A community arts and development organisation in Dumfries is making a bid to take back control of its neglected town centre and become the first in Scotland to buy back its high street. It hopes to transform the down-at-heel centre into a bustling hub full of urban homes, social enterprises and local small businesses.
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A page on the Scottish Government website claims, boldly, to describe How Community Planning Works.Cynics might answer: “It’s complicated.” They might be right.
While community planning has been around since the 2003 Local Government Act, the big shift underway is making sure it’s not just token consultation, but genuine community participation in planning our futures. This is what the 2015 Community Empowerment Act envisaged, and it is a big change.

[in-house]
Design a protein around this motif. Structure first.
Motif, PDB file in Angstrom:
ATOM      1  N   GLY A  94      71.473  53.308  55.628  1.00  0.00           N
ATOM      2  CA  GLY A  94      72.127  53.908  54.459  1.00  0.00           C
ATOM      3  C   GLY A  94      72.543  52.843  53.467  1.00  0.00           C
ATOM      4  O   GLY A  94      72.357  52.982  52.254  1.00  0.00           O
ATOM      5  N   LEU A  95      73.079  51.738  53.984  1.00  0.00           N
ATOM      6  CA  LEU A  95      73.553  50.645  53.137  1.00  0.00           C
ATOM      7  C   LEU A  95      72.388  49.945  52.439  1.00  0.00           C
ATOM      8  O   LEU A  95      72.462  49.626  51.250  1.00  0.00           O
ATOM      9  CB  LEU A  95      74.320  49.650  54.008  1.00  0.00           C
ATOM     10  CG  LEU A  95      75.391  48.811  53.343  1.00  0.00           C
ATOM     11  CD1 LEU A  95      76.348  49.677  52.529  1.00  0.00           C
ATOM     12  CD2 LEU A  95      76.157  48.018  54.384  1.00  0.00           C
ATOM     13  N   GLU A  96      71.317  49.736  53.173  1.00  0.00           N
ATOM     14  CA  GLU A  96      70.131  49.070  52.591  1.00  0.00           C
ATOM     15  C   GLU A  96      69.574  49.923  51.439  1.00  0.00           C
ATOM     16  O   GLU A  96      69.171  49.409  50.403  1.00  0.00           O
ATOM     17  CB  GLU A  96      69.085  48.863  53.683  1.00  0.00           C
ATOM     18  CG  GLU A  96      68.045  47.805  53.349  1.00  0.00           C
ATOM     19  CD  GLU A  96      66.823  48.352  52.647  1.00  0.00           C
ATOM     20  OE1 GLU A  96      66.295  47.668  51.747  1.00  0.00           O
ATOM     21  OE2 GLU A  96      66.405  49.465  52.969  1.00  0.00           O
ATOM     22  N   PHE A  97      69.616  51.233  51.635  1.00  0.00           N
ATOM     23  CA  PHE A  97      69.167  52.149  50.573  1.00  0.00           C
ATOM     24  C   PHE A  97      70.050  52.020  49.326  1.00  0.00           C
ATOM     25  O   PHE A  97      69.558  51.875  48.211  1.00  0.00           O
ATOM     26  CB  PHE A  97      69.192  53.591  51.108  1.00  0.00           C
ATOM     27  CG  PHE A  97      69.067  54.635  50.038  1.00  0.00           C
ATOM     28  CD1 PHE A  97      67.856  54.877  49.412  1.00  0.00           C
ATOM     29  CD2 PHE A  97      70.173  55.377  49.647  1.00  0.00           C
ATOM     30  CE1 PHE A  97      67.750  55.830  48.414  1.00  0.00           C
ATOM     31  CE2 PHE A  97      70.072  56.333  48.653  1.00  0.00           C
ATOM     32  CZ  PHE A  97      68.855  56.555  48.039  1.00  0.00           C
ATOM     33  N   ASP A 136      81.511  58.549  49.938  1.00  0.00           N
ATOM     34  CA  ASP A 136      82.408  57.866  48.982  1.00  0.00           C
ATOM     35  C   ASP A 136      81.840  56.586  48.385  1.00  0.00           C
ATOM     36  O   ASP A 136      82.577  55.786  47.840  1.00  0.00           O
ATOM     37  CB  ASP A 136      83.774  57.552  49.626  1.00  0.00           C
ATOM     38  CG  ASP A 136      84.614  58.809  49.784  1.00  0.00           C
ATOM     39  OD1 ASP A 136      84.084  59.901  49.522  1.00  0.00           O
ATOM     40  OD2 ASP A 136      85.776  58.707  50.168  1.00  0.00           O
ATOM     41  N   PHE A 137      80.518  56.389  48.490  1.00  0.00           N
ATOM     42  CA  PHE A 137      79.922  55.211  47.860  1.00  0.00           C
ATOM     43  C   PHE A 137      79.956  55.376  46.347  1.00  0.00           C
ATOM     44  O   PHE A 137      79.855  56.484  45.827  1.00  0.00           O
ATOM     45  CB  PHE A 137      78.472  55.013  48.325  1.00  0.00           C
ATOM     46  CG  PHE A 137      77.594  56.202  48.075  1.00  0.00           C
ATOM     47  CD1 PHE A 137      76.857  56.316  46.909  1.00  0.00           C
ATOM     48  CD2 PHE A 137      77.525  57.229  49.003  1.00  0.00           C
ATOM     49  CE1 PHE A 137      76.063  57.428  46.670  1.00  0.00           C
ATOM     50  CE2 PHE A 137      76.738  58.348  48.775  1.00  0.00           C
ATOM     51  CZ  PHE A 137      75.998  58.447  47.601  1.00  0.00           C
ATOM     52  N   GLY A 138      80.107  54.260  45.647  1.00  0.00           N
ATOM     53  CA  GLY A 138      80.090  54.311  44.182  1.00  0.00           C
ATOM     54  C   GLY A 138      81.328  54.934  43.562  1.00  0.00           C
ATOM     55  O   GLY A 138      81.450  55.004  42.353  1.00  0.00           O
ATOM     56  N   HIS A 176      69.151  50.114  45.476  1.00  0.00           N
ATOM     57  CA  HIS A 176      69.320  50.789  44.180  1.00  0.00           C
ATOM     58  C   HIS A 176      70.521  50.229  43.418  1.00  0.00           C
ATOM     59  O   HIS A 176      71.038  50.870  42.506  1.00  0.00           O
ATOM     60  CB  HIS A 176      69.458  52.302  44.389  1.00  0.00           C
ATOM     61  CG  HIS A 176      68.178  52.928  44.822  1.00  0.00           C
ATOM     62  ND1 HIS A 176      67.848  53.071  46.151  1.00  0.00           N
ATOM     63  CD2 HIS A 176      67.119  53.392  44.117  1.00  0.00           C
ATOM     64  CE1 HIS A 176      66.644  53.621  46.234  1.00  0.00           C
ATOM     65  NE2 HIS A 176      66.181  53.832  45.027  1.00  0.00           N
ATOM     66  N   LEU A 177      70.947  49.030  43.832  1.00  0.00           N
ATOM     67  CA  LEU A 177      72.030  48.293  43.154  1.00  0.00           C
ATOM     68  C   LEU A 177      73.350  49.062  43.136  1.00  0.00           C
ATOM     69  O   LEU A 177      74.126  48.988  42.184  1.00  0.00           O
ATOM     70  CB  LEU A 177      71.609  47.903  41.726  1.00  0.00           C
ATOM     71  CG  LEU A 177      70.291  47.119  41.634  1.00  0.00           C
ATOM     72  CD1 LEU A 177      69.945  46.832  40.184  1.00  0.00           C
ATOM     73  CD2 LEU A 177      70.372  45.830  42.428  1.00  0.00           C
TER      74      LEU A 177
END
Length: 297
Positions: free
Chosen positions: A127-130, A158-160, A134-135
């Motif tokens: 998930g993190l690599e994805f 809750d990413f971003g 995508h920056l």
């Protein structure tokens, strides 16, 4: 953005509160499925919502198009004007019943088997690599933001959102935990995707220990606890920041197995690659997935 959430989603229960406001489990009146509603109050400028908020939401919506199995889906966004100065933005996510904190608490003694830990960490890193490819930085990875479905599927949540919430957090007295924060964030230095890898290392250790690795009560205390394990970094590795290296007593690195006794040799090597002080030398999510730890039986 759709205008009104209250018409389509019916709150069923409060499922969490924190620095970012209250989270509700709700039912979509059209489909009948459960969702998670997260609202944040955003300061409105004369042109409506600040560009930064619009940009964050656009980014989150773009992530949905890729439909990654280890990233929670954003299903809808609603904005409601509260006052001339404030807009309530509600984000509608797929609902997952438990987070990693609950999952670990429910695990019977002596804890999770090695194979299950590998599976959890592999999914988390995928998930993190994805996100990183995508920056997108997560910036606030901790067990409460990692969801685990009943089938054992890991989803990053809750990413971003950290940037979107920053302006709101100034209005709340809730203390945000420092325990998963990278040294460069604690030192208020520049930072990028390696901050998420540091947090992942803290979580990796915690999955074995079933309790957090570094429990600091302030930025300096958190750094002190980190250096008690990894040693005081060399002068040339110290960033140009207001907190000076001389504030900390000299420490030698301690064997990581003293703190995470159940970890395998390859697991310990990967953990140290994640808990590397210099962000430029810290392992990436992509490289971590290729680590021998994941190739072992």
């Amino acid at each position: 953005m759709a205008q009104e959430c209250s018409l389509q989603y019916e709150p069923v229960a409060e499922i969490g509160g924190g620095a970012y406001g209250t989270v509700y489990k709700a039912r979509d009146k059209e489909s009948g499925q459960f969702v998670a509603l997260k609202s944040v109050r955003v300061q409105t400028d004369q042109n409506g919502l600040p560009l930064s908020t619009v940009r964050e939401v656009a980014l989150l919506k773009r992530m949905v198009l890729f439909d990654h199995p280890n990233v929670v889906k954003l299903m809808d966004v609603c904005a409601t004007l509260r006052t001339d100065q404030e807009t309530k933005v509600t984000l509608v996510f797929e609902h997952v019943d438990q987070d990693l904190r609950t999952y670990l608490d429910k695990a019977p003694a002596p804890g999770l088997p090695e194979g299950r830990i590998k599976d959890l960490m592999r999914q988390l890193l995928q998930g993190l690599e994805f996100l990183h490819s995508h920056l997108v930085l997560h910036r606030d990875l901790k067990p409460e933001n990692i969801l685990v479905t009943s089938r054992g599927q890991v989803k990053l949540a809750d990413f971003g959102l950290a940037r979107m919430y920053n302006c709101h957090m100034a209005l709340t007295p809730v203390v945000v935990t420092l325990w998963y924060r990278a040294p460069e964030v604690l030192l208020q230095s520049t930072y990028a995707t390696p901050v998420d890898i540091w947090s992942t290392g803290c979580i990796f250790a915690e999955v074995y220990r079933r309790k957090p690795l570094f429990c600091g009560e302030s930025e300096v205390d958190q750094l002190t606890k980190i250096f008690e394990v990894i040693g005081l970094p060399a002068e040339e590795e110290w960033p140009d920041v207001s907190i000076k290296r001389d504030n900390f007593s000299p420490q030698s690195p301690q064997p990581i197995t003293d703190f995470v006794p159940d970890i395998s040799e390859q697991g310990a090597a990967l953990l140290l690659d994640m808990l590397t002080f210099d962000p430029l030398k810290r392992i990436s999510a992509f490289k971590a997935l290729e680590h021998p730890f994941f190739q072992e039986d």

Since it was announced in October that residents of the Isle of Ulva, along with those on neighbouring Mull, would be given the opportunity to attempt a community buyout of the island, there has been a great deal of interest from all over the globe. Articles have featured in newspapers and online in the likes of Australia, France, Singapore and the UAE. There has been great support for the project, but also a certain amount of criticism - land reform can be a divisive topic.
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